STANDARD & POUR Prognosticating

How you feel about Standard & Pour will pretty much depend upon your venison tartare temperament.

Does the above dish look lip-smackingly good to you? Or like something the cat left behind?

Do you want its moist, raw, fresh, well-seasoned deer flesh to envelop your tongue? Or will you not give it a chance to impress you, as bits of white chocolate intermingle with fallow freshness and the crunch of onions?

Do you even know what cherry mostarda is? Do you care?

In other words, are you an avid foodie who’s up for something adventurous and tasty….or do you live in Henderson, Nevada?

Because if you’re the former, you’ll love the place; and if you’re like most people who live within a ten mile radius of the south Eastern Avenue corridor, you’re more likely to sniff around here once or twice and then head to your comfort zone. (More on this in a minute.)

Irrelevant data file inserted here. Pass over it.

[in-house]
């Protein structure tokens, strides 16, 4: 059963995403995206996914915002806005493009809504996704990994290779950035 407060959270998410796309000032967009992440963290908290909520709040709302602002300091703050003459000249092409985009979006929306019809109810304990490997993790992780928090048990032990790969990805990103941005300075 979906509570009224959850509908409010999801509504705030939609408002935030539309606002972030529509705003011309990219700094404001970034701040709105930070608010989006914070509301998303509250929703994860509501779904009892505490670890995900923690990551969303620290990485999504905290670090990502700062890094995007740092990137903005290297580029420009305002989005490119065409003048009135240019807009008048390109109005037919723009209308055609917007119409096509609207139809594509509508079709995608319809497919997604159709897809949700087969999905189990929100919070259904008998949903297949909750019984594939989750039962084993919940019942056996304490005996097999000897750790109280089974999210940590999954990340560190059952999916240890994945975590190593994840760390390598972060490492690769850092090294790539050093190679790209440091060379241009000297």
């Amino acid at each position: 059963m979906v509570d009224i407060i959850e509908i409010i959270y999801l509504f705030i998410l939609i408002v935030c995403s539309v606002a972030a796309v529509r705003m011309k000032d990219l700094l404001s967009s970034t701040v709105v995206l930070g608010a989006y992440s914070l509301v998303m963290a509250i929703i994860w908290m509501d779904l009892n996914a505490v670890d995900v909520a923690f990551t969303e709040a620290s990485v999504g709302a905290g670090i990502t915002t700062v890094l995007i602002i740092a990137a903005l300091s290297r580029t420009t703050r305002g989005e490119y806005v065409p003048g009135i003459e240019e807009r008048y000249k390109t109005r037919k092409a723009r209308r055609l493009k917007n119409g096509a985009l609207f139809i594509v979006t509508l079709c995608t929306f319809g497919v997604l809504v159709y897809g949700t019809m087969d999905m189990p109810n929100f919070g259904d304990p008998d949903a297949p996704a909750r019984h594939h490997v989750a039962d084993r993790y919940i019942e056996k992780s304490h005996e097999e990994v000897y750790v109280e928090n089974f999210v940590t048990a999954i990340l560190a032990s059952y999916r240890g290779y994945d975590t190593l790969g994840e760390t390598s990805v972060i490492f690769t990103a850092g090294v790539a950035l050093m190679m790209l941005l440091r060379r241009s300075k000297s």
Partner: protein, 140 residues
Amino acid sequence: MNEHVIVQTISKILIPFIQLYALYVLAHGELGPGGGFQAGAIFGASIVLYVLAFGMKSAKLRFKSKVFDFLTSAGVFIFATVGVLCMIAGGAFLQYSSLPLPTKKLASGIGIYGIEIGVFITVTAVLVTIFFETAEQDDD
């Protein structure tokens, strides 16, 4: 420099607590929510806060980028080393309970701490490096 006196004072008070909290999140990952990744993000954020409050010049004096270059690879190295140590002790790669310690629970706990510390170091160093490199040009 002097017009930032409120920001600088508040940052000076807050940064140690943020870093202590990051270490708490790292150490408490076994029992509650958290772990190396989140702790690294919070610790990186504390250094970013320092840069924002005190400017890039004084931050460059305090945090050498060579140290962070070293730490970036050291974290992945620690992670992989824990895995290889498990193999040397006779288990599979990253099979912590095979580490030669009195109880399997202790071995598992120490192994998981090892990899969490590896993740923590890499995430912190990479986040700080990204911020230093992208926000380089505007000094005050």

Is the food good at Standard & Pour? Of course it is. It’s Kerry Simon food. Cory Harwell food. Comfort food, elevated. Well thought out, impeccably dressed and carefully executed.

But that’s beside the point.

The point is: This place has done everything right and still might be wrong for the neighborhood.

Is Henderson ready for a cool and cozy patio? A second floor walk-up restaurant that’s spent real money on a groovy bar, with-it decor, and foodie-friendly accoutrements: craft beers, bespoke cocktails, aged-this and smoked-that?

Do the people who keep Carraba’s and Panda Express and LYFE Kitchen humming really care that offal-ly good “tongue & cheek” agnolotti, snail Wellington, and house-cured gravlax: